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Project Impact

WelcomeHomeTO has become a go-to partner for groups and agencies. Our partnerships have resulted in a direct impact on the settlement sector


The rapid intake of Syrian newcomers, while the right thing to do,  taxed Canada’s settlement system, fraying the nerves of policy makers, settlement workers and engaged citizens alike.

Recognizing that the biggest challenge in the process was a lack of empathy, communication and coordination between policy makers, settlement workers and engaged citizens, WHTO convened a facilitated conversation that addressed the tensions and re-focused on the human experience, good intentions and possible solutions to support successful settlement.

“I thought the system was inevitably going to collapse,” said one participant, “before today. We need to have these opportunities to share and empathize across sectors more often.”


A constant challenge throughout the first thirteen months of Syrian newcomer settlement has been finding enough translators to bridge the gap between refugees and service providers. WHTO flipped this around and asked “how can you match Syrian newcomers with Arab speaking service providers?”

Within our network of partners was iamsick.ca, a digital start-up that helps Canadians access healthcare. One of their service offerings helps Canadians find healthcare practitioners who speak their mother tongue. By encouraging and supporting iamsick.ca to tailor their programming to support Syrian refugees, WHTO helped tackle the language/service barrier and helped a Canadian company build capacity and brand by doing social good.  This success story has been picked up by multiple media outlets.

Volunteer Toronto

Public interest in Syrian refugees created a uniquely Canadian problem – tons of people wanting to help without knowing where help was needed, or what skill sets were in greatest demand.  With the goal of making the best use of what already exists, WHTO supported Volunteer Toronto to create and promote a Syrian refugee-specific volunteer opportunity directory. This helped engaged citizens in Toronto connect with the opportunities they were looking for while also helping settlement agencies and groups find the volunteers they needed to maximize their own impact.

Information Sessions for Engaged Citizens

While the support of and engagement in the settlement process by everyday Canadians has been incredible, it has also been messy.  In partnership with the Centre for Social Innovation, WHTO provided regular information sessions that gave engaged citizens space to discuss the issues, share what has and hasn’t been working and separate fact from fiction around how the settlement process works.  These conversations have led to new partnerships and resource-sharing opportunities that have connected and empowered civic settlement groups.

Syrian Salad Club

Successful settlement involves an equitable exchange; both new citizens and the existing ones give something and gain something through the new relationship, creating shared value.  In partnership with the Centre for Social Innovation and Rola Musafa, a Syrian newcomer, WHTO hosted Syrian Salad Club at CSI’s Regent Park location.  Rola was given control of the budget and CSI: Regent Park’s animation team to buy and prepare Syrian food, play Syrian music and share a bit about Syrian culture with CSI members.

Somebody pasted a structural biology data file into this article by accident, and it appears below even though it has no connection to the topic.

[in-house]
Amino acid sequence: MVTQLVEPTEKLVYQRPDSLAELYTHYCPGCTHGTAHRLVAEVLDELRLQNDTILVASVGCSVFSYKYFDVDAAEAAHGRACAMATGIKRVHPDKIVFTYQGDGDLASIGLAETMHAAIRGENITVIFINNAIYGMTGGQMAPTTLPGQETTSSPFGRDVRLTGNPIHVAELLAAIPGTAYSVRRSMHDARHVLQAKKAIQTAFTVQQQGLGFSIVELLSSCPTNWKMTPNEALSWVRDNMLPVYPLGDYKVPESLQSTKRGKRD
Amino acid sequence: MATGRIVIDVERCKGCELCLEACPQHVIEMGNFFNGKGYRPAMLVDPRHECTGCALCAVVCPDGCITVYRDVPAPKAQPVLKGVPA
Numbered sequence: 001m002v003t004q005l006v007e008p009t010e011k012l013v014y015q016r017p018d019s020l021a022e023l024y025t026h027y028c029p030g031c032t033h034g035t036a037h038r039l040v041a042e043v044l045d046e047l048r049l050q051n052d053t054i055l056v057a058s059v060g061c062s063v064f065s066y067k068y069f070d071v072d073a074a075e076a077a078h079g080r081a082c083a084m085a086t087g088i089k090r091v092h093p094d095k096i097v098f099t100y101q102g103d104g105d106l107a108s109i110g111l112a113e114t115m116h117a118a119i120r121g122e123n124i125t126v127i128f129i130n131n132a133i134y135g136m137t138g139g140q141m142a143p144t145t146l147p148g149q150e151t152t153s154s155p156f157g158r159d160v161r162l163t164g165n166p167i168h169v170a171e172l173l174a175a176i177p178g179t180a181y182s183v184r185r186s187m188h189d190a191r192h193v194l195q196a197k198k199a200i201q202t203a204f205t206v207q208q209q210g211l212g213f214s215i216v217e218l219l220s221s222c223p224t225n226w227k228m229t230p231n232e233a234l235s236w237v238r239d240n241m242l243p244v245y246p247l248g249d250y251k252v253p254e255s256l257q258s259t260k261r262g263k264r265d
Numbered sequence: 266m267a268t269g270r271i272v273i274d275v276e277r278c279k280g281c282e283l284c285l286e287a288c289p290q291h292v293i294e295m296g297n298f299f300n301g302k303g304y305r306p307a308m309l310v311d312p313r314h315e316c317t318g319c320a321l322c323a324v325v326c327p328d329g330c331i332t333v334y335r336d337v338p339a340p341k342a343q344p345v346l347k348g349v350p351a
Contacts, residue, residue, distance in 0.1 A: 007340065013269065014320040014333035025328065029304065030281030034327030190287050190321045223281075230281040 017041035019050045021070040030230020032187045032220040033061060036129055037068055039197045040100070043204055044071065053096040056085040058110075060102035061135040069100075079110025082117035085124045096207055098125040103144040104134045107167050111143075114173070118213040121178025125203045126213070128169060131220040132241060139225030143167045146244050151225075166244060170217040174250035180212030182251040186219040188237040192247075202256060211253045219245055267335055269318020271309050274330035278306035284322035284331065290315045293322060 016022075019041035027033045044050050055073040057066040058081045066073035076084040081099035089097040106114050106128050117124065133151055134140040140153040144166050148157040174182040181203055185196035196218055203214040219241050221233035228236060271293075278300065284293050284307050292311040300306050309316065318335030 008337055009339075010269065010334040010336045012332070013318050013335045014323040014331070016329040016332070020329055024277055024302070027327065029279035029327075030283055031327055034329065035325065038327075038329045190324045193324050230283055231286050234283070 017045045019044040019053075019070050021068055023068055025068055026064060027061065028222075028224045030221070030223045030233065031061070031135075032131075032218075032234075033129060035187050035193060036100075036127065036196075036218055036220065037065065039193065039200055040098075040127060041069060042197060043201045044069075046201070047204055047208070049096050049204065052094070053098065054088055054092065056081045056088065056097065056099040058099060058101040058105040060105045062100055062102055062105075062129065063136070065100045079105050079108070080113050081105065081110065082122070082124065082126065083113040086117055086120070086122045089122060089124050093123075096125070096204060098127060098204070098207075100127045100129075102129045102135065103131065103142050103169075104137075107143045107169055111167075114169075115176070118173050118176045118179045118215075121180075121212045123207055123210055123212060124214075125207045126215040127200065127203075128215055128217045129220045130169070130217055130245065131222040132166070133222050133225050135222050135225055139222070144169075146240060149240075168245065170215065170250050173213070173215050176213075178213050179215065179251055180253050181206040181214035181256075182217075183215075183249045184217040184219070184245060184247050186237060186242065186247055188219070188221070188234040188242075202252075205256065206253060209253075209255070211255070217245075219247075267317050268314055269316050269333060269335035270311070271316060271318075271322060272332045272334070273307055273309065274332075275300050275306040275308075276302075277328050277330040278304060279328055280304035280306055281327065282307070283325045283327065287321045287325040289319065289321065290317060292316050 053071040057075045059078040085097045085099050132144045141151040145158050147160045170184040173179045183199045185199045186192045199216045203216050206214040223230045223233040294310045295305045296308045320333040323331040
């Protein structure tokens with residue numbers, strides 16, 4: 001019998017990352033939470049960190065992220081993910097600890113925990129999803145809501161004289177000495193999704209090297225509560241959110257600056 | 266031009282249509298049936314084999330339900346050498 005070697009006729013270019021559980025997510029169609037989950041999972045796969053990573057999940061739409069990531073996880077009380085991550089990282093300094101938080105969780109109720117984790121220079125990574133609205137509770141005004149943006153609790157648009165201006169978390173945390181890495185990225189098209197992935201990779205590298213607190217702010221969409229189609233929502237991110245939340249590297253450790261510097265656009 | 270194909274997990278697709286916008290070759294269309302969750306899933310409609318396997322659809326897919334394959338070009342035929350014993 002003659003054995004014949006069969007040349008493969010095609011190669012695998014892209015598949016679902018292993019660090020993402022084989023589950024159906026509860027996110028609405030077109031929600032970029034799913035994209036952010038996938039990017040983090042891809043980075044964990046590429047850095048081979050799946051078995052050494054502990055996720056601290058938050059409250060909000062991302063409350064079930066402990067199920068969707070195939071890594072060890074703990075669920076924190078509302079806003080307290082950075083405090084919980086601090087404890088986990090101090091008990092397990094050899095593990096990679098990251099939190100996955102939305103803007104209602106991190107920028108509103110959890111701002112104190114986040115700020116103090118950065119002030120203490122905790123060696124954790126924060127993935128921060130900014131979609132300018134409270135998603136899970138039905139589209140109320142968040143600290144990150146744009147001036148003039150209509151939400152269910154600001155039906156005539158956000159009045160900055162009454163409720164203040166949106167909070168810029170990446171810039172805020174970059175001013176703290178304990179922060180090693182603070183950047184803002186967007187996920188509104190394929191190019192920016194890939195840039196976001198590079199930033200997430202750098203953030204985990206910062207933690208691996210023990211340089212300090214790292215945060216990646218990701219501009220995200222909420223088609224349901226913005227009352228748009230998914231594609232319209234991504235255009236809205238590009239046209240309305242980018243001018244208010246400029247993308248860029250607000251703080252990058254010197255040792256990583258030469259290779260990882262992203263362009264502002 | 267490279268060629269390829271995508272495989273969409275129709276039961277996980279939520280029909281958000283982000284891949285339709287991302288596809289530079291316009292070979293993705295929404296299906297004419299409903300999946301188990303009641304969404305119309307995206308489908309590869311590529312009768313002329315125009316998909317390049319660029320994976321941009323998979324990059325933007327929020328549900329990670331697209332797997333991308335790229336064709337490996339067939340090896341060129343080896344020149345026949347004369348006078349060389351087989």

Syrian Salad Club not only gave Rola an opportunity to give something back to her new community and celebrate her own heritage, it also gave CSI members a chance to put a human face on Syrian refugees and understand Syria as more than just a conflict zone.Potluck food

Month 13 Panel Discussion

There are some tough, uncomfortable challenges facing Syrian newcomers approaching Month 13 that reflect on structural challenges of Canada’s settlement system.  Our panel chat surfaced some of these problems and other, emerging ones through presentations and a Q&A featuring a private sponsor, a settlement volunteer and a refugee support grassroots group.  Our event was covered and broadcast nationally by the CBC.

Network Weaving

WHTO has intentionally turned the traditional model of “one client, one offering” on its head, cultivating a reputation as neutral intermediaries in the settlement process.  Our mission of fostering the best settlement experience for all has led   We have developed and are continuing to build a vast network that reaches into every corner of the settlement sector and beyond.  Fostering the best settlement experience for all is our service; and how we measure success.

2016 saw us deliberating Our status as a settlement intermediary allows us ocus is “the best settlement experience for everyone”


Stories of Settlement

In the first wave of Canadian engagement with refugee settlement, the overarching story was framed as “welcome refugees”, creating a popular image of war-ravaged victims being saved by empathetic, engaged Canadians.  WHTO felt strongly that it was important to disrupt this story and promote the people behind the crisis and highlight the value they brought to Canada.

The Stories of Settlement photo display presented 3/6 Syrian newcomers as professionals making a new life in the place where they had found refugee, reframing the refugee story for Canadians.  This display has been featured at XX events, including the Canadian Arab Institute Awards Gala 2016 and Toronto’s YIMBY festival; it have been viewed by over 1,000 people. 

Settlement System Consulting

Due to our status as an impartial intermediary and our focus on informing, empowering and connecting partners within the settlement space, WHTO is a trusted voice for neutral perspectives on what’s happening in or between various segments of the settlement system.

WHTO Cheerleaders

WHTO has developed a strong social media presence that allows us to amplify the successes and requests of our partners in the settlement ecosystem.